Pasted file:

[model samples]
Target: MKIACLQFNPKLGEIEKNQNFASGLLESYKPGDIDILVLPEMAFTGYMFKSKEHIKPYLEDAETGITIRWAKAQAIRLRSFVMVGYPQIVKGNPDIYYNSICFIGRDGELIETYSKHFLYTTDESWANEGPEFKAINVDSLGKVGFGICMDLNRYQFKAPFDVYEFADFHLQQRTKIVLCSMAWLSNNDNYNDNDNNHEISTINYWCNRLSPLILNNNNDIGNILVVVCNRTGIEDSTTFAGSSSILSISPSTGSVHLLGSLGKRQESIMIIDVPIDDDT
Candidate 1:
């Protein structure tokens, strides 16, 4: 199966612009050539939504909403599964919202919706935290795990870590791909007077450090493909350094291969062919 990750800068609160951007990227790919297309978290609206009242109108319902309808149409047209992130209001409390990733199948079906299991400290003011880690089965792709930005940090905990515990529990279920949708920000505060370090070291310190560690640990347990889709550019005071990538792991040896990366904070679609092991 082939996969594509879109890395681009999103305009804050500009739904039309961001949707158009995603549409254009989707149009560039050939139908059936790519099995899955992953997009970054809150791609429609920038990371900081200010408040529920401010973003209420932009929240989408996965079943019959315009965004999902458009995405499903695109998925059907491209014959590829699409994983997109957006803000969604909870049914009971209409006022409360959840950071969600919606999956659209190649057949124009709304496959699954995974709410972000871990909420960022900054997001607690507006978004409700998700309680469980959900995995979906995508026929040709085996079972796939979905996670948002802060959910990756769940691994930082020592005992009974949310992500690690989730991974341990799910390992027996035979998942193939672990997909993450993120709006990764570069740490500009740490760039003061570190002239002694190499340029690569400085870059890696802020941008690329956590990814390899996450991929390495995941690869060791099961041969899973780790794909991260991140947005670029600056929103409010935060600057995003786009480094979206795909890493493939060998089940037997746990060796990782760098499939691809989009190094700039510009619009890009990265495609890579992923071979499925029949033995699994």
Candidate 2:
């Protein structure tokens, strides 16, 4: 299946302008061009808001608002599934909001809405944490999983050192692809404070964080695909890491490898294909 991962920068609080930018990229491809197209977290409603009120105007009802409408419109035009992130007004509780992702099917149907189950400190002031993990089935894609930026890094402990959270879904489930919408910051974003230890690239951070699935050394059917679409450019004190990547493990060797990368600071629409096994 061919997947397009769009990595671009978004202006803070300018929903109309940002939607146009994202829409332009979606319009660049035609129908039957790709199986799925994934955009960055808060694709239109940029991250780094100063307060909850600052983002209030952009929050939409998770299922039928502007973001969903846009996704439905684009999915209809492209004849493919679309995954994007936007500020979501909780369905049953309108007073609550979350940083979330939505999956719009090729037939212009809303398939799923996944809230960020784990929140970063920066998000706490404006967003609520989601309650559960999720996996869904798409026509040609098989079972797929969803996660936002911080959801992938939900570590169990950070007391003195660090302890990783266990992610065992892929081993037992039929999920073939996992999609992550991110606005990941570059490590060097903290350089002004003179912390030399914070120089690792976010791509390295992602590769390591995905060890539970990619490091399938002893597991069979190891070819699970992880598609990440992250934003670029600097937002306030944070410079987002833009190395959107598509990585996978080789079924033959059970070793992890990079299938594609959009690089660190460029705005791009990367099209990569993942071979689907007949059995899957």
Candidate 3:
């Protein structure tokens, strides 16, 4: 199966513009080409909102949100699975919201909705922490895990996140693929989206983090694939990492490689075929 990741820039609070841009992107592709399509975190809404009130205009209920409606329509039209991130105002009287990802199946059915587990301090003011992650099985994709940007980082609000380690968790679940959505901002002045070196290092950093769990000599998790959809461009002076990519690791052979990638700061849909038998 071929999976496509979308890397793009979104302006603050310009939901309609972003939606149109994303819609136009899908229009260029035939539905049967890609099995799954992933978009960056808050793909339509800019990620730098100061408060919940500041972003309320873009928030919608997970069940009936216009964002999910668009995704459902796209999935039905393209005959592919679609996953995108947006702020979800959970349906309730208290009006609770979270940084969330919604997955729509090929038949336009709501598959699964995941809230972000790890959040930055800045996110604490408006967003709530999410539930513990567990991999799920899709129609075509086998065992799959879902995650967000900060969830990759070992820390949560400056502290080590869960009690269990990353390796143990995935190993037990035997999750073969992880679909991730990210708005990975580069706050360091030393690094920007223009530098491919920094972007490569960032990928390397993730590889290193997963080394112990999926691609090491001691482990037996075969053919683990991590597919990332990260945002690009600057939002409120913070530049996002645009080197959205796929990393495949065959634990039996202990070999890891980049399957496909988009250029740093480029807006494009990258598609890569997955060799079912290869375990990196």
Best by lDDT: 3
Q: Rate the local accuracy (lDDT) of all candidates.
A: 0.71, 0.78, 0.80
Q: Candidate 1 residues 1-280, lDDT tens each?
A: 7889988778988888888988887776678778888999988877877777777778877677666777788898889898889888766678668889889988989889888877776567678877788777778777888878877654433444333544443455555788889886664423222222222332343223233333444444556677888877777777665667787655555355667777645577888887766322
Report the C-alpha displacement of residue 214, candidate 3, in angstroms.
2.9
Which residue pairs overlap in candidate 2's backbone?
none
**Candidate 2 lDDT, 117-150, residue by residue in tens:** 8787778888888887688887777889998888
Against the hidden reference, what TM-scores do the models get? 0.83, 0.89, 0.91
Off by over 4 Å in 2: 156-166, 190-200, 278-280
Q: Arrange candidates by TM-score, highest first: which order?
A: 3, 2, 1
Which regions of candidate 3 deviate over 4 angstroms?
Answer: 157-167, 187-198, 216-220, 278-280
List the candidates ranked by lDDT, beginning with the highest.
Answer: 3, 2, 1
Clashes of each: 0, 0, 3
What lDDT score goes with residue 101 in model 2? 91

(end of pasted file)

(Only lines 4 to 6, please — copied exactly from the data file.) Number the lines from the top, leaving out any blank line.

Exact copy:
């Protein structure tokens, strides 16, 4: 199966612009050539939504909403599964919202919706935290795990870590791909007077450090493909350094291969062919 990750800068609160951007990227790919297309978290609206009242109108319902309808149409047209992130209001409390990733199948079906299991400290003011880690089965792709930005940090905990515990529990279920949708920000505060370090070291310190560690640990347990889709550019005071990538792991040896990366904070679609092991 082939996969594509879109890395681009999103305009804050500009739904039309961001949707158009995603549409254009989707149009560039050939139908059936790519099995899955992953997009970054809150791609429609920038990371900081200010408040529920401010973003209420932009929240989408996965079943019959315009965004999902458009995405499903695109998925059907491209014959590829699409994983997109957006803000969604909870049914009971209409006022409360959840950071969600919606999956659209190649057949124009709304496959699954995974709410972000871990909420960022900054997001607690507006978004409700998700309680469980959900995995979906995508026929040709085996079972796939979905996670948002802060959910990756769940691994930082020592005992009974949310992500690690989730991974341990799910390992027996035979998942193939672990997909993450993120709006990764570069740490500009740490760039003061570190002239002694190499340029690569400085870059890696802020941008690329956590990814390899996450991929390495995941690869060791099961041969899973780790794909991260991140947005670029600056929103409010935060600057995003786009480094979206795909890493493939060998089940037997746990060796990782760098499939691809989009190094700039510009619009890009990265495609890579992923071979499925029949033995699994």
Candidate 2:
């Protein structure tokens, strides 16, 4: 299946302008061009808001608002599934909001809405944490999983050192692809404070964080695909890491490898294909 991962920068609080930018990229491809197209977290409603009120105007009802409408419109035009992130007004509780992702099917149907189950400190002031993990089935894609930026890094402990959270879904489930919408910051974003230890690239951070699935050394059917679409450019004190990547493990060797990368600071629409096994 061919997947397009769009990595671009978004202006803070300018929903109309940002939607146009994202829409332009979606319009660049035609129908039957790709199986799925994934955009960055808060694709239109940029991250780094100063307060909850600052983002209030952009929050939409998770299922039928502007973001969903846009996704439905684009999915209809492209004849493919679309995954994007936007500020979501909780369905049953309108007073609550979350940083979330939505999956719009090729037939212009809303398939799923996944809230960020784990929140970063920066998000706490404006967003609520989601309650559960999720996996869904798409026509040609098989079972797929969803996660936002911080959801992938939900570590169990950070007391003195660090302890990783266990992610065992892929081993037992039929999920073939996992999609992550991110606005990941570059490590060097903290350089002004003179912390030399914070120089690792976010791509390295992602590769390591995905060890539970990619490091399938002893597991069979190891070819699970992880598609990440992250934003670029600097937002306030944070410079987002833009190395959107598509990585996978080789079924033959059970070793992890990079299938594609959009690089660190460029705005791009990367099209990569993942071979689907007949059995899957």